Pickled cucumbers in vinegar (easy recipe) is a perfect way to preserve cucumbers before winter. Consume them during the cold season with your favorite foods.
This article will explain you in detail how to pickle cucumbers, the easy way.
How to pickle cucumbers
Pickling cucumbers for long term storage used to be a more complicated affair. However, you are about to discover an easy method for canning cucumbers that doesn't require any special skills or tools. This recipe is part of my collection of canning recipes that I hope you will enjoy.
- How to pickle cucumbers
- The Ideal Time For Pickling:
- What kind of cucumbers are good for pickling?
- Method Of Pickling: Vinegar Vs. Brine?
- Key Ingredients for the best pickle recipe:
- The best formula for pickling with vinegar, salt, and sugar
- How do you can cucumbers:
- Expert tip:
- Serving Suggestions:
- Recipe Faqs
- More pickle recipes to love
- 📖 Recipe
- 💬 Comments
The Ideal Time For Pickling:
If you live in a temperate climate with four seasons, late August to late October is the perfect time to prepare for the long winter months. Time to pickle beautiful vegetables from Farmers Market and personal gardens!
Now, you might ask me why do I preserve food when I can just go to the store and buy pickles already in jars and ready to eat.
I could, but you see, there is something therapeutic about being in the kitchen and making food for my family.
Some would say that the amount of work is not worth it. I will say that for me it is very important, as I get the opportunity to preserve vegetables using old recipes inherited from my family, recipe udes when canning and preserving foods for the winter was a way of surviving.
It is true that my collection of cans went smaller and smaller over the years, but I still like to make a little bit of each one of my favorite recipes, just to enjoy them for holidays or when I get homesick.
Pickles are well-known staples of the traditional cuisine on the Old Continent, Europe. Even today, many cultures consider the pickled cucumbers to be an important part of their diet during the winter.
In Eastern Europe, during the cold season, salads made with fresh vegetables are replaced with pickled vegetables, like cucumbers, peppers, cabbage, cauliflower, carrots etc.
We also make a lot of lacto-fermented foods, like sauerkraut or cucumbers in brine.
What kind of cucumbers are good for pickling?
Different cucumber varieties offer different pickling results.
- Kirby cucumbers- are small cucumbers and are very popular in Farmer's Markets. They have bumpy skins and firm flesh.
- Gherkins or cornichons- also small and perfect for pickling. In my opinion, these are the best cucumbers to pickle.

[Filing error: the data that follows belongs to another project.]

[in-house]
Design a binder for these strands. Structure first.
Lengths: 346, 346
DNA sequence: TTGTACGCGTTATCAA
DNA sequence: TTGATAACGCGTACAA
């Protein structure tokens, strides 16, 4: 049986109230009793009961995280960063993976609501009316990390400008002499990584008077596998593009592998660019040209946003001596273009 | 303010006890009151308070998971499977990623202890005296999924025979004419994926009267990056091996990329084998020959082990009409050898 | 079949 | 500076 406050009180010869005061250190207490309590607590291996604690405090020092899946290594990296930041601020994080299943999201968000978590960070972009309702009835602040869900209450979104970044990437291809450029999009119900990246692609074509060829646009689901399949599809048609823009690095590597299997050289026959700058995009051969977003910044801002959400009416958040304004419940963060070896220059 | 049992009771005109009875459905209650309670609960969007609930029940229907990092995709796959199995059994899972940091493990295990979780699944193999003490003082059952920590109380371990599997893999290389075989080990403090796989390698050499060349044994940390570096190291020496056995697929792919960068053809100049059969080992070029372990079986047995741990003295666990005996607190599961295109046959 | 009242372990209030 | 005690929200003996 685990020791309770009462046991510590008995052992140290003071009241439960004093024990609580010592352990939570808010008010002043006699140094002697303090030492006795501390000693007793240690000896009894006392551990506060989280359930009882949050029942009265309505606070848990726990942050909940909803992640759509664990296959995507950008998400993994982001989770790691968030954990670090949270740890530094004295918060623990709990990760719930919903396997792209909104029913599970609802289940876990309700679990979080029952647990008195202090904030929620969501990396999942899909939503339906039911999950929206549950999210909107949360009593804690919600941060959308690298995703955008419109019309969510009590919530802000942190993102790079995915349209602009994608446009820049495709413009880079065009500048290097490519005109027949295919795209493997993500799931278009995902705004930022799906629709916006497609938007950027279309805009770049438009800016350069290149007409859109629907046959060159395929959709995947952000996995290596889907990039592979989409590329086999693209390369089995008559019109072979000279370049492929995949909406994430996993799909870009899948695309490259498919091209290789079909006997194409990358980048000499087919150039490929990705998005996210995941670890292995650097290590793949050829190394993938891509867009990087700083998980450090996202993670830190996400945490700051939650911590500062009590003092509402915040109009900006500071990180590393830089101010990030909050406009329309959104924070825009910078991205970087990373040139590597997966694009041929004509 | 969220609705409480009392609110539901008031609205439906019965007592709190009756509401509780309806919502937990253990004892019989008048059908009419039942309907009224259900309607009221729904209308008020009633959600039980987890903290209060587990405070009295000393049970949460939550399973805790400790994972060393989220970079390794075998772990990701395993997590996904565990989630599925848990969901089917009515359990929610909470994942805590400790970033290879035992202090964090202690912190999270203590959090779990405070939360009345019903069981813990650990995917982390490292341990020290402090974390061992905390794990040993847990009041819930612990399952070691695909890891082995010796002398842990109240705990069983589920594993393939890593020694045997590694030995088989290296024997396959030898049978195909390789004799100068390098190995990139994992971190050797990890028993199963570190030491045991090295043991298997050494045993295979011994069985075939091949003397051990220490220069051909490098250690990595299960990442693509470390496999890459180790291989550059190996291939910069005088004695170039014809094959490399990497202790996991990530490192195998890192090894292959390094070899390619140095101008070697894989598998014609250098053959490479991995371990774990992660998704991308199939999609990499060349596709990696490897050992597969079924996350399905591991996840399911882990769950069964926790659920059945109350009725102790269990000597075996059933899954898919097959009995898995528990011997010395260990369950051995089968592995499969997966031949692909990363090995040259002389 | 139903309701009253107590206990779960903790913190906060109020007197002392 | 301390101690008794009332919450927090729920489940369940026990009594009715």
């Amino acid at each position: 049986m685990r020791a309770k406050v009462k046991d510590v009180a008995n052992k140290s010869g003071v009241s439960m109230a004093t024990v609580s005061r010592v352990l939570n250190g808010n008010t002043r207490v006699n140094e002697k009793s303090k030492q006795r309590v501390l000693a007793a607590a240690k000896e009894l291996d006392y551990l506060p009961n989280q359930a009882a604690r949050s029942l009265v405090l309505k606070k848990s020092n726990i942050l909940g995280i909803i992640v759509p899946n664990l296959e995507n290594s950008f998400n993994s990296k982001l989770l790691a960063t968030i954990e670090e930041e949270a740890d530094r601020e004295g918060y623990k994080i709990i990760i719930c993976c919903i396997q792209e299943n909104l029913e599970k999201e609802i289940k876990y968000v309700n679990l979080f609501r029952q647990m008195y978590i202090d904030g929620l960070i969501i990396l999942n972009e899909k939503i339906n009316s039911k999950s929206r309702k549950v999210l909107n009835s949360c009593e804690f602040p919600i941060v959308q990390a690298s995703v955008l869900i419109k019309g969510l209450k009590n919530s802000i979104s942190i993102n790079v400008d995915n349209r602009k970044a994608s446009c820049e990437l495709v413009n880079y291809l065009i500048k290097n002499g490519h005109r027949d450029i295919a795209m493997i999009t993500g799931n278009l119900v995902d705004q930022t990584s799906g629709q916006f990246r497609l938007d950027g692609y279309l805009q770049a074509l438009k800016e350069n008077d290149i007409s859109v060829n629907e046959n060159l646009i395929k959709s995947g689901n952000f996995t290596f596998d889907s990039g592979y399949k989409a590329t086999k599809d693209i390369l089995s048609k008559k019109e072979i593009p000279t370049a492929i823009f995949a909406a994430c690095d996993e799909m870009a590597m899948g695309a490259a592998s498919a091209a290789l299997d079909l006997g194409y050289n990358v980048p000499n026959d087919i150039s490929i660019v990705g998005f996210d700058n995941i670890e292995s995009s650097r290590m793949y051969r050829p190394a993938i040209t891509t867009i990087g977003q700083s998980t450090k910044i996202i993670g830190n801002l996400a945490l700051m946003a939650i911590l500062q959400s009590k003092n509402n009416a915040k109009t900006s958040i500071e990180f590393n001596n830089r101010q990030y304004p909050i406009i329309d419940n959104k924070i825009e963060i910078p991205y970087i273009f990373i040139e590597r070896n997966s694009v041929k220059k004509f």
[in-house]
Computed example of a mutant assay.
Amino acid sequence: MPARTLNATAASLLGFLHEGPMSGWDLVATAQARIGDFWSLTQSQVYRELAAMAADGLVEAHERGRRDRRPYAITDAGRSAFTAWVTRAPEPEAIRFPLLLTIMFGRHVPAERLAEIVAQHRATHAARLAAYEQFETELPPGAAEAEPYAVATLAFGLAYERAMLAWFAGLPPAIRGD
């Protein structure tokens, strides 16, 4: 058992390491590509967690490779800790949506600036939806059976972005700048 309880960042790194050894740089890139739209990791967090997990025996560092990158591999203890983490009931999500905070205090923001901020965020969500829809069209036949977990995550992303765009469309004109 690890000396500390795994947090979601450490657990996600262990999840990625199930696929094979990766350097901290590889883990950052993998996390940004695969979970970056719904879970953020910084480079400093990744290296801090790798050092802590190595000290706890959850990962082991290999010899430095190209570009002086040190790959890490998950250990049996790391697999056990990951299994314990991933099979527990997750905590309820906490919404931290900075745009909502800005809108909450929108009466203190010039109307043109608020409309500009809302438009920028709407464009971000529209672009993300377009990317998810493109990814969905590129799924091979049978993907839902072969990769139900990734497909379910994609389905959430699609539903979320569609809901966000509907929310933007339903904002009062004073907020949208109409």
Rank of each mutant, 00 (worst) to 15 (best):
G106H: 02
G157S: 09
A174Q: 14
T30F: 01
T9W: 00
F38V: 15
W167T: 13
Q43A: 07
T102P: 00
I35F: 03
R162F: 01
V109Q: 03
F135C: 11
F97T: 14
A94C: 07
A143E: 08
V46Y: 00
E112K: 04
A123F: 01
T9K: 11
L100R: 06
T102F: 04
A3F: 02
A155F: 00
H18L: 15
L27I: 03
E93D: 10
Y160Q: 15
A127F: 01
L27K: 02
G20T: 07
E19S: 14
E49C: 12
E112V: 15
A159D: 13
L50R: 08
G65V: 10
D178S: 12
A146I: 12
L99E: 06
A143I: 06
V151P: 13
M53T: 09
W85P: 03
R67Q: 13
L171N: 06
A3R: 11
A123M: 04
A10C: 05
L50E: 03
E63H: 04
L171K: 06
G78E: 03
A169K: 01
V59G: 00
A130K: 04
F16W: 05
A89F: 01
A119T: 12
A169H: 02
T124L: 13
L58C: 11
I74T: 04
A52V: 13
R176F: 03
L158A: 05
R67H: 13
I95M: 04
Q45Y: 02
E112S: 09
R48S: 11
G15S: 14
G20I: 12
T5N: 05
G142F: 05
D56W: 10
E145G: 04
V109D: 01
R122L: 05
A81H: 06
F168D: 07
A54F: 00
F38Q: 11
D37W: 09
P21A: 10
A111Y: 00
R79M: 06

- Garden cucumbers are the most popular ones found in North America. They have thick skin and lots of seeds. Suitable for quick pickling if you peel and seed them. I am personally not a fan of them, but I know many people who love them. These cucumbers are sold waxed in the store and need to be peeled.
- Lemon cucumbers- look exactly like lemons. They are sweeter and delicious in salads and pickled.
Please refrain from using English cucumbers, as they are not a good option for winter pickles as they become softer the longer they stay in the jar.
You can use English cucumbers for pickles in the summer if you are looking for a quick method of pickling them, especially refrigerator-pickled cucumbers.
Also, buy organic when possible. Cucumbers are part of the "Dirty dozens" vegetables containing over ten different types of pesticides. If you plan to pickle cucumbers, go to the Farmers Market first.
Method Of Pickling: Vinegar Vs. Brine?
There are two methods for canning cucumbers. One method is to pickle cucumbers in vinegar, while the other method is to use brine. (salted water flavored with spices and herbs)
People in the United States usually use vinegar, but in Eastern Europe, for example, people like to pickle cucumbers in brine.
Many cultures knew for hundreds of years that fermentd foods have nutritional value and are good for your gut.
An abundance of cucumbers in the summer allows you to use canned cucumber recipes that can be consumed right away. These cucumbers are fermented in the sun.
Note: If you want a fun recipe to make in the summer, I recommend my awesome summer lacto-fermented cucumbers.
On the other hand, in the old days, most pickling was done to store food for the winter. Without canned food, people wouldn't have anything to eat. Even today, when bad weather hits, and people rush to the grocery store, they usually buy canned foods.
Today, I'm going to share my recipe for how to pickle cucumbers with vinegar. This is a dill pickle recipe that is easy to prepare, and you don't need any fancy equipment or science knowledge.
This recipe is great for keeping pickles for a long time. It's not a quick pickle recipe or one for refrigerator pickles.
Key Ingredients for the best pickle recipe:
- Cucumbers (4-6 inches, 4 pounds): The key component of this recipe. Aim for firm and fresh cucumbers, preferably pickling cucumbers. Kirby cucumbers, Gherkins, or Cornichons are perfect for pickling.
- Garlic (1 head): Adds depth of flavor. If garlic isn't your thing or you're allergic, you can leave it out.
- Plain vinegar (5% acidity, 1 gallon): Preserves the cucumbers and provides the characteristic tang. I would vote for distilled white vinegar as my first choice. My second choice would be white wine vinegar. Both kinds of vinegar are widely available, inexpensive, and do not darken the vegetables like red vinegar or apple cider vinegar.